Test Equipment Product Report


(source: Electronics World, Mar. 1966)

Hewlett-Packard Model 141A Oscilloscope

THE Model 141A oscilloscope is said to be the first variable-persistence instrument; it performs scope functions that previously were impossible. The unit behaves just like its conventional counterpart until its "Persistence" or "Store" knobs are operated. Then the new Model 141A will produce gradually decaying traces whose persistence may be continuously varied from about 1/5 second to more than one minute.

When switched to the "Store" mode, the unit becomes a storage scope, yet it retains the advantages of conventional scopes: dark background for contrast, long tube life, and non-glare internal graticule screen with no-parallax display.

Waveforms may be observed up to one hour without degradation and stored for days with the instrument turned off.

The unit is actually an oscilloscope main-frame, and it accepts all plug-ins previously offered by H-P for its Model 140A, including its 20-mc. amplifiers, high-sensitivity guarded amplifiers, time-domain reflectometer, and swept-frequency indicator.

With continuous variability of trace fade-time, slowly swept traces may be continuously on display by adjusting persistence to match sweep time. Annoying flicker is removed from slow sweeps; the trend of changing waveforms can be followed by superimposing successive traces with rate-of-fade adjusted to pre vent confusion from the accumulation of too many traces; meaningless random deviations from sweep to sweep may be rejected, since successive repetitive traces will add in brightness.

Many biological phenomena occur at low rates; observing them with the variable-persistence screen, the traces may be made to linger long enough so that the entire wave is constantly on the screen, set to fade fast enough so that successive traces are not confused with their predecessors. Continuous swept-frequency displays may be made slowly for maximum resolution, with adequate visibility at all times. Successive sweeps may be superimposed to observe trends in the behavior of the subject through a series of adjustments.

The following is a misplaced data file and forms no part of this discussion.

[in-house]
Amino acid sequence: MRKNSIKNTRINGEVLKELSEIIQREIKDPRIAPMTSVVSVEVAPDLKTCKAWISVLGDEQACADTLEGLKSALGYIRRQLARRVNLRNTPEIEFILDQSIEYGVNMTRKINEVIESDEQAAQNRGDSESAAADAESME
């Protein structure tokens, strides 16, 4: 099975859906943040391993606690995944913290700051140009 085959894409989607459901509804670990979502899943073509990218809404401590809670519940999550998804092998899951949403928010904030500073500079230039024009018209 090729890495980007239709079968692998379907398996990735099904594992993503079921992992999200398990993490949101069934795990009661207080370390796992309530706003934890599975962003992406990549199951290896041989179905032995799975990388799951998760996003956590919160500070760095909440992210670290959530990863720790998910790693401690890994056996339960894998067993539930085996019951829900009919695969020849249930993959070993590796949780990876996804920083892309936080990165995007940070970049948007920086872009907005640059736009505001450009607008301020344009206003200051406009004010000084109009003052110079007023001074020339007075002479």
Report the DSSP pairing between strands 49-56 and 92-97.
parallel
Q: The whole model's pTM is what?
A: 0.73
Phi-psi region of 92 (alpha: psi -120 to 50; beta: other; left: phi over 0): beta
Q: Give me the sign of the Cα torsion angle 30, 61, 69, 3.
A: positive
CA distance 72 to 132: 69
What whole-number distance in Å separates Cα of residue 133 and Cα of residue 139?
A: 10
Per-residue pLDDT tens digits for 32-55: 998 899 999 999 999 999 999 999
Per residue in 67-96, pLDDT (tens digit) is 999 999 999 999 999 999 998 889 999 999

The heart of the instrument is a newly designed CRT with pulsed persistence-controlling circuitry. Storage is on a storage mesh, not on the screen, so the phosphor was selected for optimum visibility, and an internal graticule was employed.

The pattern is etched on the dielectric storage mesh by secondary emission as the writing electron beam dislodges electrons from it (see diagram). Flood guns now spray low-velocity electrons toward the screen. Near the stored positive charge on the storage mesh, the screen's positive field pulls flood electrons through the mesh. These stroke the phosphor, producing the visible trace. The background remains dark.

To erase the pattern on the mesh, its static voltage is reduced all over. If the erase voltage is pulsed in successive small increments, the pattern will slowly fade. Erasure may be accelerated by widening the pulses. Variable persistence, then, is achieved by the pulse-width control on the erase pulse genera tor. Storage is accomplished by holding off the erase voltage.

The new instrument is priced at $1275 without plug-ins.


B&K Model 606 Tube Tester

THE Model 606 "Dyna-Jet" tube tester has been designed for fast testing of the newest color, Compactron, and other receiving tubes. It tests for shorts, grid emission (in a unique 100 megohm-sensitive circuit), leakage, gas, and cathode emission under simulated load conditions.